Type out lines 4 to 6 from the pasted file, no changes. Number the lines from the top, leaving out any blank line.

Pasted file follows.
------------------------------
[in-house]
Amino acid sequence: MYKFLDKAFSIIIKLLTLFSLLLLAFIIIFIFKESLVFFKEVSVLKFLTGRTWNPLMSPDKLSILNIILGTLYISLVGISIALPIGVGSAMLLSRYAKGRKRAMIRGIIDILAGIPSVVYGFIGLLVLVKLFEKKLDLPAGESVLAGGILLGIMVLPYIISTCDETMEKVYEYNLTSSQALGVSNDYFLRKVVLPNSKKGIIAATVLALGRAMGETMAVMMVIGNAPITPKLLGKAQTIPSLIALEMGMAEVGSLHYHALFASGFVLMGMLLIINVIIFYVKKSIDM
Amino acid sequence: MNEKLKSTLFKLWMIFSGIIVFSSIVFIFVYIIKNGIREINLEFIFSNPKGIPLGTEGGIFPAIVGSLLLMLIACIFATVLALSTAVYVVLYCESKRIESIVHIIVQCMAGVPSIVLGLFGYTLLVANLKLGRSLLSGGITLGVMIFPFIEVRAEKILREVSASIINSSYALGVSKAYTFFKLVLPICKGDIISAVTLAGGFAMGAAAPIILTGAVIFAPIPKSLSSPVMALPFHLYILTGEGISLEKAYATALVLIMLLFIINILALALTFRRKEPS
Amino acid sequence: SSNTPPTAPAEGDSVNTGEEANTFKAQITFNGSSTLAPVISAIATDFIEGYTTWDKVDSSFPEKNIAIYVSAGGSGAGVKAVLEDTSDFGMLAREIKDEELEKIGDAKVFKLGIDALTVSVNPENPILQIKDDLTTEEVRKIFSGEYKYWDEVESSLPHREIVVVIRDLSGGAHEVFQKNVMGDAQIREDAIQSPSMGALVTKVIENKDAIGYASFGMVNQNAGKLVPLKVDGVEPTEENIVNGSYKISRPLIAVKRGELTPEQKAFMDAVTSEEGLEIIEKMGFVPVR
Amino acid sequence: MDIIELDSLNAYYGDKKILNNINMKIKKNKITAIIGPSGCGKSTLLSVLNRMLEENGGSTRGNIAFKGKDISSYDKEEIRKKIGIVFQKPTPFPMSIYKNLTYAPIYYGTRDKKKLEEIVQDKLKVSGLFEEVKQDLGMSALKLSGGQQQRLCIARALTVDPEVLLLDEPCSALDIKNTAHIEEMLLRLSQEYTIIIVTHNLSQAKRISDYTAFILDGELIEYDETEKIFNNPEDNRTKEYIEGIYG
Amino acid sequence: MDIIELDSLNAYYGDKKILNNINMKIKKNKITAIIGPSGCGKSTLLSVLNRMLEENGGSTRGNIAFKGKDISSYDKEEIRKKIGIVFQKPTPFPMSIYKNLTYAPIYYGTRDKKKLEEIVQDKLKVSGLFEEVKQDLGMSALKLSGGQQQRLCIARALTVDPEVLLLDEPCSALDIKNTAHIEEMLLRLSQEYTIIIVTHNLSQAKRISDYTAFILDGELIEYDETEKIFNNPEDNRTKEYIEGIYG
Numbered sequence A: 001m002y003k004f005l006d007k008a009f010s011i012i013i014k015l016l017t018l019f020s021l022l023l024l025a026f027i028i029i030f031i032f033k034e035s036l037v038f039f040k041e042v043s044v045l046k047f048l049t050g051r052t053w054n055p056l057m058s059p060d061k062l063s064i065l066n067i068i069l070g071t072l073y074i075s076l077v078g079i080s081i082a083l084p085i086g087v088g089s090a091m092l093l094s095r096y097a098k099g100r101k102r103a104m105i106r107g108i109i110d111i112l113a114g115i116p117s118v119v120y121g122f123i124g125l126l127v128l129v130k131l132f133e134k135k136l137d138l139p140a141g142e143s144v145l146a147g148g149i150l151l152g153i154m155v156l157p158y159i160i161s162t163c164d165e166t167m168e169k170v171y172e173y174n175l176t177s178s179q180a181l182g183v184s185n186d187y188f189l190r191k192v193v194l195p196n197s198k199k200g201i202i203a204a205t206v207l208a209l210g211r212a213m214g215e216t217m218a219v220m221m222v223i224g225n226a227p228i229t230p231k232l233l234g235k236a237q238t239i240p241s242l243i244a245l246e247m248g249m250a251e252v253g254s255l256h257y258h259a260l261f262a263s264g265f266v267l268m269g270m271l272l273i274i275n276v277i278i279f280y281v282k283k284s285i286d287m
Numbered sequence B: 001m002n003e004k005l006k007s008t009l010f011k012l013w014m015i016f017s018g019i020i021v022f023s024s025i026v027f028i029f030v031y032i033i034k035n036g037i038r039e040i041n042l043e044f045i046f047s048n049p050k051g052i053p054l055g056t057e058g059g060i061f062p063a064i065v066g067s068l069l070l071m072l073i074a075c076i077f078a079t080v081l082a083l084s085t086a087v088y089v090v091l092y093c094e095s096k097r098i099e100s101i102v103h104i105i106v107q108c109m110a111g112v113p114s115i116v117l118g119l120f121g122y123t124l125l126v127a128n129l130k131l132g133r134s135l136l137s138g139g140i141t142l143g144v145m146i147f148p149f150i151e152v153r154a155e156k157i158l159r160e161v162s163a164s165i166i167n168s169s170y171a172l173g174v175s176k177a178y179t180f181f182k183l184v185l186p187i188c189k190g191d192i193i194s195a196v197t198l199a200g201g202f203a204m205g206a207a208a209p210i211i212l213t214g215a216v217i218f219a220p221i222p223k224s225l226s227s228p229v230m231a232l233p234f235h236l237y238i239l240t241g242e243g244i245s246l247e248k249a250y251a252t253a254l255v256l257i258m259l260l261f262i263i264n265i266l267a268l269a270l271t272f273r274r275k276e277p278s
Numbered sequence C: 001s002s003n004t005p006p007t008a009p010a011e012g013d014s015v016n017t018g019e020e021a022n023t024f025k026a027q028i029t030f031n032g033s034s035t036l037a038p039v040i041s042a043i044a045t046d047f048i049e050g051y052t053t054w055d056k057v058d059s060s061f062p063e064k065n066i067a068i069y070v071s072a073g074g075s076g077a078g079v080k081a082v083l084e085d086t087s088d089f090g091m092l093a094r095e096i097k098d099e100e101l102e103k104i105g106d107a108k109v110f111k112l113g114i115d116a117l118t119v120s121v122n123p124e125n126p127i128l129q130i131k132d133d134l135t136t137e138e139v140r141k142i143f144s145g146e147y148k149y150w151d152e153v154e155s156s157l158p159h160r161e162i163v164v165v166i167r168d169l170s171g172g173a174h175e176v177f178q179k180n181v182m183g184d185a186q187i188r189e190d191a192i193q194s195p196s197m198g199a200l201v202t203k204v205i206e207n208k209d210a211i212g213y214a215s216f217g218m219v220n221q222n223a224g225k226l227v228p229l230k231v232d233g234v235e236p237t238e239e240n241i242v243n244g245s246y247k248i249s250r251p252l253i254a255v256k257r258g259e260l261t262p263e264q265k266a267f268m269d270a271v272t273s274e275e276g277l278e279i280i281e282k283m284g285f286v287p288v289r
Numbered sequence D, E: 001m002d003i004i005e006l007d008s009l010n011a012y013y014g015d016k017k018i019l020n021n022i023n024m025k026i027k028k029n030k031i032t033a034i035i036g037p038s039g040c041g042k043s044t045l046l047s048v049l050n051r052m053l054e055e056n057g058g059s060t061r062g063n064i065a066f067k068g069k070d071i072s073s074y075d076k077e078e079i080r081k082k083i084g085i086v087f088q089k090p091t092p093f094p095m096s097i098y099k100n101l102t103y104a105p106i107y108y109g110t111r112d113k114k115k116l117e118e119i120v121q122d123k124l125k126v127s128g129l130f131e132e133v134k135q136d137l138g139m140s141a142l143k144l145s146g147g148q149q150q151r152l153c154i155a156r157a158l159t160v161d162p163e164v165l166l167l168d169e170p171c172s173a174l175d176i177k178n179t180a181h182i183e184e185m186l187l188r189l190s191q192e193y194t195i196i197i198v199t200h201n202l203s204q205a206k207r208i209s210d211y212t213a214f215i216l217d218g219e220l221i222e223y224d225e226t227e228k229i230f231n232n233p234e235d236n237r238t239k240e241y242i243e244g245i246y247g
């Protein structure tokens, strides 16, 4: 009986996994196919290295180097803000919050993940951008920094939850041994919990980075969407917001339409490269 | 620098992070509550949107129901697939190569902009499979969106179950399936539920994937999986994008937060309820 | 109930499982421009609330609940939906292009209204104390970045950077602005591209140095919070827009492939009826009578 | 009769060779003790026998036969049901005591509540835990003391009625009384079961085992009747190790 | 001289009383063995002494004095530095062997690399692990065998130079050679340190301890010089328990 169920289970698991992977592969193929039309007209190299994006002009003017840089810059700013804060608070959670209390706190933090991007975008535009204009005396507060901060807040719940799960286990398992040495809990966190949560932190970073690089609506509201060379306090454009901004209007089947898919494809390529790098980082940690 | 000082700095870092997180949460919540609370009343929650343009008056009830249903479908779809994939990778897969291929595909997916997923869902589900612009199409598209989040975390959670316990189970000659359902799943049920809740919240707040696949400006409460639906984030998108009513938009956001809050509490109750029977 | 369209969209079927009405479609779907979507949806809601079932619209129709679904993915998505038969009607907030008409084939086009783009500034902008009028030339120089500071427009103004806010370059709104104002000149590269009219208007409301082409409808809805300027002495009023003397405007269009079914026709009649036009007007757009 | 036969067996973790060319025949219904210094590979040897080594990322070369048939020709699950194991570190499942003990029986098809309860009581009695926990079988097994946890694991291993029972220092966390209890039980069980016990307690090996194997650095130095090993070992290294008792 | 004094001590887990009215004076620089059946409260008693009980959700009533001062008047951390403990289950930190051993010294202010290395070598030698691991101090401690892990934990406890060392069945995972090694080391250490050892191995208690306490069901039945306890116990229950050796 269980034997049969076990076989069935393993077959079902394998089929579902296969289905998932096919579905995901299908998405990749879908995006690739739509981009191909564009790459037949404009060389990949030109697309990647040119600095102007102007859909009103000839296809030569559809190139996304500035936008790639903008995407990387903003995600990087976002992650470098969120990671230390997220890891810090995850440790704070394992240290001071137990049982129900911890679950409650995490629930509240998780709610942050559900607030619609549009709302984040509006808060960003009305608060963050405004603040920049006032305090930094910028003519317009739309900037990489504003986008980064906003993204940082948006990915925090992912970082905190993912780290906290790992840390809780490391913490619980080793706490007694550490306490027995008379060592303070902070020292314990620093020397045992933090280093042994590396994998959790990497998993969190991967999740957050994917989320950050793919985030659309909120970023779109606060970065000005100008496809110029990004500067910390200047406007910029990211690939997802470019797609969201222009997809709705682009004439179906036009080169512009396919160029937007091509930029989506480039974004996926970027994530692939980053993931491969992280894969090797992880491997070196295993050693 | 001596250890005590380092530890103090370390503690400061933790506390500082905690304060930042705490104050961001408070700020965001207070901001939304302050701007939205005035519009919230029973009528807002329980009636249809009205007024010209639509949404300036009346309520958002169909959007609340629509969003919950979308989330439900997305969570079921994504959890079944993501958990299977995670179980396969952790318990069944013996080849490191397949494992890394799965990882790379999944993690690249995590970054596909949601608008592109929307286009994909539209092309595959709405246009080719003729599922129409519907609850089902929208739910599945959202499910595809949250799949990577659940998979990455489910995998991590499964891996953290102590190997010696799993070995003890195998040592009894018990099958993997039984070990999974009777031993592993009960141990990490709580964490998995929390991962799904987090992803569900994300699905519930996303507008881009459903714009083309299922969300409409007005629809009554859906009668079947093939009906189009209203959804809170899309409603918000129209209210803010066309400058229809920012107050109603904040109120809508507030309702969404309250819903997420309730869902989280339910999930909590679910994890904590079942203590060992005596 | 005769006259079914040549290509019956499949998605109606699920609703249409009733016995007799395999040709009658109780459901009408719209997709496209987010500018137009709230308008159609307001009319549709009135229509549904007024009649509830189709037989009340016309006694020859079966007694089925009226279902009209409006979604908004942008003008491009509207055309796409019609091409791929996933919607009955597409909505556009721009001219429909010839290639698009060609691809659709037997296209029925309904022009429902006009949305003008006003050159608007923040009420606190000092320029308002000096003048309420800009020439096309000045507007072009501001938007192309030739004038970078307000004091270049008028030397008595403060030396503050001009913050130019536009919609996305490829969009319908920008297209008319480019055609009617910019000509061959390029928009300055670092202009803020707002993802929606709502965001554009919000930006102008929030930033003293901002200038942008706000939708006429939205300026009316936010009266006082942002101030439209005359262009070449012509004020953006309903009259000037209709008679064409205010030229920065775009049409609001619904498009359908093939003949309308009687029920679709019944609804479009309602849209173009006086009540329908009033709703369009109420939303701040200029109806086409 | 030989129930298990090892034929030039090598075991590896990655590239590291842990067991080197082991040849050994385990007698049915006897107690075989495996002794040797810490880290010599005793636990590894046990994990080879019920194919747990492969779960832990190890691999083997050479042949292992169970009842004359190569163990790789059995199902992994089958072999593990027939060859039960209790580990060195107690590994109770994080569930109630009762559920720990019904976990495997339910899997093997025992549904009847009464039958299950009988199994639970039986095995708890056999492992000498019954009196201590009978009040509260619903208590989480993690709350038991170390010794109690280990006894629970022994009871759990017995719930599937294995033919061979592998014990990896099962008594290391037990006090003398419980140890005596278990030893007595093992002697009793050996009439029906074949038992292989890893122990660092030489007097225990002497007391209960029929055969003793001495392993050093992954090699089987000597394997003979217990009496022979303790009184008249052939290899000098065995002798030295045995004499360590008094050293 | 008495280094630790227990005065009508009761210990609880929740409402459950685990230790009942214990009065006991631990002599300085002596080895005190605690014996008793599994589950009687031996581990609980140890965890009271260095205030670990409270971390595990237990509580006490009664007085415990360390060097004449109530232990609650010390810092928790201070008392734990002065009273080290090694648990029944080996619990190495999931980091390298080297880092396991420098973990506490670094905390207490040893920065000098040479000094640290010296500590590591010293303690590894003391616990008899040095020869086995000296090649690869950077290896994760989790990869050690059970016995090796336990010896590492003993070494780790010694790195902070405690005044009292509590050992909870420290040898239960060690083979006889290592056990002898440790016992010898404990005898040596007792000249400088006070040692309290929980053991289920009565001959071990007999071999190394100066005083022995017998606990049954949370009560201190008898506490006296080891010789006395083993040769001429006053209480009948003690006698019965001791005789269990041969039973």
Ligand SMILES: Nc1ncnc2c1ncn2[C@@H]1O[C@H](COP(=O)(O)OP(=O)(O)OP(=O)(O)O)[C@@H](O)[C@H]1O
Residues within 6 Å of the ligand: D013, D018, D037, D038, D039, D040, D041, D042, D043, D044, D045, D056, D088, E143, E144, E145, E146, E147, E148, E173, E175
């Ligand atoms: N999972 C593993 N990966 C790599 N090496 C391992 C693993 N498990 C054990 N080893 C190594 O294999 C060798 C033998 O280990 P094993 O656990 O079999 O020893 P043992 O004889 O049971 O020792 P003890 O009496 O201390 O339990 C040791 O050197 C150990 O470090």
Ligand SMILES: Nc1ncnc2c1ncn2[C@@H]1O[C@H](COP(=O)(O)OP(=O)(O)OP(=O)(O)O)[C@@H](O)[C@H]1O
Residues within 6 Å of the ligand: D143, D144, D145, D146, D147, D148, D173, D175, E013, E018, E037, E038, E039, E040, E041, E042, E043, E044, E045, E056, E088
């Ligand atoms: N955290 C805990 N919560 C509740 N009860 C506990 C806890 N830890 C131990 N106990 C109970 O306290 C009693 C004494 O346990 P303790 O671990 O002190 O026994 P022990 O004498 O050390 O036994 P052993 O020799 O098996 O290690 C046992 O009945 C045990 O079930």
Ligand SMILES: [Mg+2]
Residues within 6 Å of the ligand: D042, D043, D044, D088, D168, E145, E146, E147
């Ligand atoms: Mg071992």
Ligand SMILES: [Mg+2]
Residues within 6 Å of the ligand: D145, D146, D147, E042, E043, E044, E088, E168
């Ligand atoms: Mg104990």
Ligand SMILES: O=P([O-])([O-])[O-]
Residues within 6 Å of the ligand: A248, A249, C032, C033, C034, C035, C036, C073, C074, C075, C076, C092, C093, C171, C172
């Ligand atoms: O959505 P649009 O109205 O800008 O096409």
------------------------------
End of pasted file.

Amino acid sequence: SSNTPPTAPAEGDSVNTGEEANTFKAQITFNGSSTLAPVISAIATDFIEGYTTWDKVDSSFPEKNIAIYVSAGGSGAGVKAVLEDTSDFGMLAREIKDEELEKIGDAKVFKLGIDALTVSVNPENPILQIKDDLTTEEVRKIFSGEYKYWDEVESSLPHREIVVVIRDLSGGAHEVFQKNVMGDAQIREDAIQSPSMGALVTKVIENKDAIGYASFGMVNQNAGKLVPLKVDGVEPTEENIVNGSYKISRPLIAVKRGELTPEQKAFMDAVTSEEGLEIIEKMGFVPVR
Amino acid sequence: MDIIELDSLNAYYGDKKILNNINMKIKKNKITAIIGPSGCGKSTLLSVLNRMLEENGGSTRGNIAFKGKDISSYDKEEIRKKIGIVFQKPTPFPMSIYKNLTYAPIYYGTRDKKKLEEIVQDKLKVSGLFEEVKQDLGMSALKLSGGQQQRLCIARALTVDPEVLLLDEPCSALDIKNTAHIEEMLLRLSQEYTIIIVTHNLSQAKRISDYTAFILDGELIEYDETEKIFNNPEDNRTKEYIEGIYG
Amino acid sequence: MDIIELDSLNAYYGDKKILNNINMKIKKNKITAIIGPSGCGKSTLLSVLNRMLEENGGSTRGNIAFKGKDISSYDKEEIRKKIGIVFQKPTPFPMSIYKNLTYAPIYYGTRDKKKLEEIVQDKLKVSGLFEEVKQDLGMSALKLSGGQQQRLCIARALTVDPEVLLLDEPCSALDIKNTAHIEEMLLRLSQEYTIIIVTHNLSQAKRISDYTAFILDGELIEYDETEKIFNNPEDNRTKEYIEGIYG